Photo stolen from @mistaken_id on Instagram
As you likely heard, on Monday, current subscribers to Transworld received notice that March / April 2019 would be the magazine’s final print issue. And in what made me initially think they had to be trolling, the remainder of everyone’s subscriptions would be replaced by issues of Men’s Journal. Associate editor, Mackenzie Eisenhour, wrote on Instagram that TWS would continue producing digital content, though he will no longer be with the mag.
I sat for a couple of days thinking what to write about the #2 Skateboard Magazine’s demise (which spent some years as the #1 Skateboard Magazine, depending on who you ask) without only veering into nostalgia that has very little to do with how we got here, and without “print is dead! long live print!”-isms. The average 2019 skateboarder’s attitude to legacy media can be summed up as “I’m happy magazines exist” at best — and that is simply a symptom of where media and our collective attention spans are now.
Paul Rodriguez has a couple 100k more Instagram followers than TWS does. Nyjah has twice that amount. We all understand that everyone is their own media outlet now.
But what is a skateboard magazine, or any magazine, for that matter? Right down to the operative nuts and bolts, it is a collective of people tied together by a desire to tell stories about something they are passionate about. Every day is spent coming up with stories, ideas, jokes. If you don’t give a shit about it, you probably won’t be doing it for very long. Fake-it-til-you-make-it runs rampant in our culture, but faking it within a group of people who truly, really care is impossible. No media company is perfect — and it gets draining how disproportionately negative content resonates over positive — but what if every story is told only by the participants? Every biography is an autobio, and every question is one they only think to ask themselves.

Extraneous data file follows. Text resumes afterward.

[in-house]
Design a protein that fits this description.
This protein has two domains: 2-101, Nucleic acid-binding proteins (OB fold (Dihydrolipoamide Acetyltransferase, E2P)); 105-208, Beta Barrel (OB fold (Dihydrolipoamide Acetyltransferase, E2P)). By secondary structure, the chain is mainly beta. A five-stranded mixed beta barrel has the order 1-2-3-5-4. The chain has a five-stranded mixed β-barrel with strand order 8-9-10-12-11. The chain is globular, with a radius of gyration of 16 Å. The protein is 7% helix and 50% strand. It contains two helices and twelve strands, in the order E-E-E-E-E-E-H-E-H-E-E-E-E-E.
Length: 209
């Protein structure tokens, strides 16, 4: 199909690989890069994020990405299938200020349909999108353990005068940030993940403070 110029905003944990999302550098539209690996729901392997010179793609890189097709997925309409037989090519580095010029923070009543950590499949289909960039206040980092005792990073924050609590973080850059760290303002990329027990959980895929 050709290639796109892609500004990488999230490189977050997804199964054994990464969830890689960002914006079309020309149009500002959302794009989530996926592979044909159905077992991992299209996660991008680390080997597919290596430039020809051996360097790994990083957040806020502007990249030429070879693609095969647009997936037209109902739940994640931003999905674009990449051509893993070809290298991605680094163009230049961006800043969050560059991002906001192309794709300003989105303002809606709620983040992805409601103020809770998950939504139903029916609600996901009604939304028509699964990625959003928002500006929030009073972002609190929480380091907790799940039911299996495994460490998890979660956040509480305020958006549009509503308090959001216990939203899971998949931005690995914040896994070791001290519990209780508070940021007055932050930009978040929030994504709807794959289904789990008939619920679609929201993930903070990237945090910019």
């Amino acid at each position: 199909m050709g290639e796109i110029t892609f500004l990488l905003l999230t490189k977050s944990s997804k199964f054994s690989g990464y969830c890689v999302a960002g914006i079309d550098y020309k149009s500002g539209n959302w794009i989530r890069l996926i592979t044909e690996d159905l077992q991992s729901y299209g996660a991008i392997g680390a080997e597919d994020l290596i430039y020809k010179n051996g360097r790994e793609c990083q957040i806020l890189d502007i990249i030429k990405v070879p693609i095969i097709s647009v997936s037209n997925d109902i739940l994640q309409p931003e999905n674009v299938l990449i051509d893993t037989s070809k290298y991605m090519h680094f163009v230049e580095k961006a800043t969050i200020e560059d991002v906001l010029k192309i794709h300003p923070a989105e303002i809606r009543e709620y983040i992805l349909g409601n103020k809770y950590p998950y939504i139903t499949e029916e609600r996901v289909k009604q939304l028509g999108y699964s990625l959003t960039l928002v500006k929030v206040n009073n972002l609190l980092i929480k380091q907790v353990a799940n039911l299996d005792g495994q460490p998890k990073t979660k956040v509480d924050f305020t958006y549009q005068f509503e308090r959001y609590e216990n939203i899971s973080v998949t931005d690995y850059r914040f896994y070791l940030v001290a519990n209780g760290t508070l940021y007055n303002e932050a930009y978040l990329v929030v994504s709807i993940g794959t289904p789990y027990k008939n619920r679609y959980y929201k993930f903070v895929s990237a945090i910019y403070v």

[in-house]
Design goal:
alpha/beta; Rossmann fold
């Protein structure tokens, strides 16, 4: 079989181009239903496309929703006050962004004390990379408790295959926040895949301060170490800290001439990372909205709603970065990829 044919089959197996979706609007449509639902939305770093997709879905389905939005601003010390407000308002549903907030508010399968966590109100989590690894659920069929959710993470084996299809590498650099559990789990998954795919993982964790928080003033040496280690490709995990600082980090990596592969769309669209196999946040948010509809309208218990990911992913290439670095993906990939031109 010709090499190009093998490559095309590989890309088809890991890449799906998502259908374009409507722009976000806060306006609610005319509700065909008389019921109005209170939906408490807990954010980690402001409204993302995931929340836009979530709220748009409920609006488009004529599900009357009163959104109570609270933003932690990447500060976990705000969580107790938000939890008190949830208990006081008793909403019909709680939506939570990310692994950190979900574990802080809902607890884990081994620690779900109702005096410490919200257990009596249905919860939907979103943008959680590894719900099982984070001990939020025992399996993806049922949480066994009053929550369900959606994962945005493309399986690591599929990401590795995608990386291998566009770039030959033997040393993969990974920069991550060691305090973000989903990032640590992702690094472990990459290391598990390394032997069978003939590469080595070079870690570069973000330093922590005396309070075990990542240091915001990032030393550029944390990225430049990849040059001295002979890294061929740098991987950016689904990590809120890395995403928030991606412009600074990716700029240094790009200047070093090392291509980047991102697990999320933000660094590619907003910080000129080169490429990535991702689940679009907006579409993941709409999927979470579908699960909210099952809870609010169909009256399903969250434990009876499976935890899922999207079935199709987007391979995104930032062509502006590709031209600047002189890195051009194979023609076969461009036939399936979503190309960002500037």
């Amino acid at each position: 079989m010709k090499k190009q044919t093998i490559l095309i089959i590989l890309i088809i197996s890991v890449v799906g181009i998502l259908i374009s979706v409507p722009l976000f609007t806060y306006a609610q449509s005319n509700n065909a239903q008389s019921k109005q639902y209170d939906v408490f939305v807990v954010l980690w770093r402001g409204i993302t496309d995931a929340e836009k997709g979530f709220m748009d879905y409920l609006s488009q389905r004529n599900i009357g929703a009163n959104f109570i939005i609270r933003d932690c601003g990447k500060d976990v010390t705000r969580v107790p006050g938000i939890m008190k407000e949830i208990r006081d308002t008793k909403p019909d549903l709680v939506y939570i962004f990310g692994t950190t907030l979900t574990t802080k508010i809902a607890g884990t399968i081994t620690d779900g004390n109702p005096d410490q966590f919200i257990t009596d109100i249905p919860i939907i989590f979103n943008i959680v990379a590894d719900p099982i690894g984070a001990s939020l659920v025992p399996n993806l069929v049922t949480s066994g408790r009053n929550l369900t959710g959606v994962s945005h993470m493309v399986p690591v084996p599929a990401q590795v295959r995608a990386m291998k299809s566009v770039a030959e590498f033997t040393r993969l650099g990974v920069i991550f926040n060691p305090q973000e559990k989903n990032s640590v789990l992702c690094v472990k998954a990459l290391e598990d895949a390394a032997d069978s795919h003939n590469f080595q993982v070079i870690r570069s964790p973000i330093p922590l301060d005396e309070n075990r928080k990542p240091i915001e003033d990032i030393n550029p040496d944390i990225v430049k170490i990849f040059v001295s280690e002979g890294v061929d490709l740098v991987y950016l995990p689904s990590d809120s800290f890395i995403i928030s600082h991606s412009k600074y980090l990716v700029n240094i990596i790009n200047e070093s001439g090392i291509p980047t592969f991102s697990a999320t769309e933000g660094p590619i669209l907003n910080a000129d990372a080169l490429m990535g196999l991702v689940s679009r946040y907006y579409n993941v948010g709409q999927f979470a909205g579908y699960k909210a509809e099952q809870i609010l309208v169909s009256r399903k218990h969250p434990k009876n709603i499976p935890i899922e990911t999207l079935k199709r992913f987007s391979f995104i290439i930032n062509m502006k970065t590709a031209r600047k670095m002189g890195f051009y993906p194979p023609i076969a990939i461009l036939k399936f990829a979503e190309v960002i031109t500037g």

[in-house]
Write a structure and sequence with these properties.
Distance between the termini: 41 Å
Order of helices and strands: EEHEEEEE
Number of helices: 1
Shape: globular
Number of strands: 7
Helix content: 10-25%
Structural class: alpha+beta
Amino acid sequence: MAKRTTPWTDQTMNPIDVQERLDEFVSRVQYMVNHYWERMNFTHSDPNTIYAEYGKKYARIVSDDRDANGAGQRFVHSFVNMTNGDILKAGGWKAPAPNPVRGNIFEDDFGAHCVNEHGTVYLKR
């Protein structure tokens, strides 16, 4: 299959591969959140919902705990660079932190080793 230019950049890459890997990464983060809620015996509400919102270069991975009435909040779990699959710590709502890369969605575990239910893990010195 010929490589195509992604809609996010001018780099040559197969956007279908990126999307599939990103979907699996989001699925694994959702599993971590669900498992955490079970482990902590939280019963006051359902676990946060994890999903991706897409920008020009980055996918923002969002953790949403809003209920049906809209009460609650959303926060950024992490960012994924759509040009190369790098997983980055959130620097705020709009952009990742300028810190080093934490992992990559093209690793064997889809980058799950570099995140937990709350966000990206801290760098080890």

Ever since I first opened a Transworld, one of their most resonant features has been “Last Words.” Speaking from experience, some (not all!) skateboarders are impossible to interview. Whether it’s two-word answers, not making the effort, or memories impaired by decades of weed, getting someone in the skate industry to open up to you can begin to feel like squeezing water from a rock.
“Last Words” was special because it was disarming. Someone existing in a hyper-testosterone world like skateboarding answering “Last time you cried?” or “Last time you said ‘I love you?'” says more about that person in a couple words than a “How did you get your first sponsor?” story. Even the conscious choice to always run a portrait instead of a skate photo put the human being, not the pro skateboarder, forward.
Best of all, everyone can fill out a “Last Words.” Something about the simplicity of it being the last piece in the mag, and the finite-ness of how the questions were presented made people let their guard down. It was full of things that the interviewees would never publicly dwell on themselves — if not provoked by that third party tasked with storytelling.
If you truly believe that adage about a skateboard being a tool to experience the world in a different way than everyone else, maybe the time-tested power of the written word should be given the same weight we allot to communicating those experiences with videos and photos.
Massive thanks to Chops @ Chromeball for scanning the first five on super short notice. Thanks to Google image search for the newer Dill and Austyn ones.
Thank you TWS for shining a light on plenty now-ubiquitous names in our little corner of the skateboard world. They were the first major magazine giving props to a still-in-college Cyrus, running Palace tour articles, being an American publication covering Sour, or even asking QS to contribute something in print ♥
Much love to the staff as they flip to the next chapter.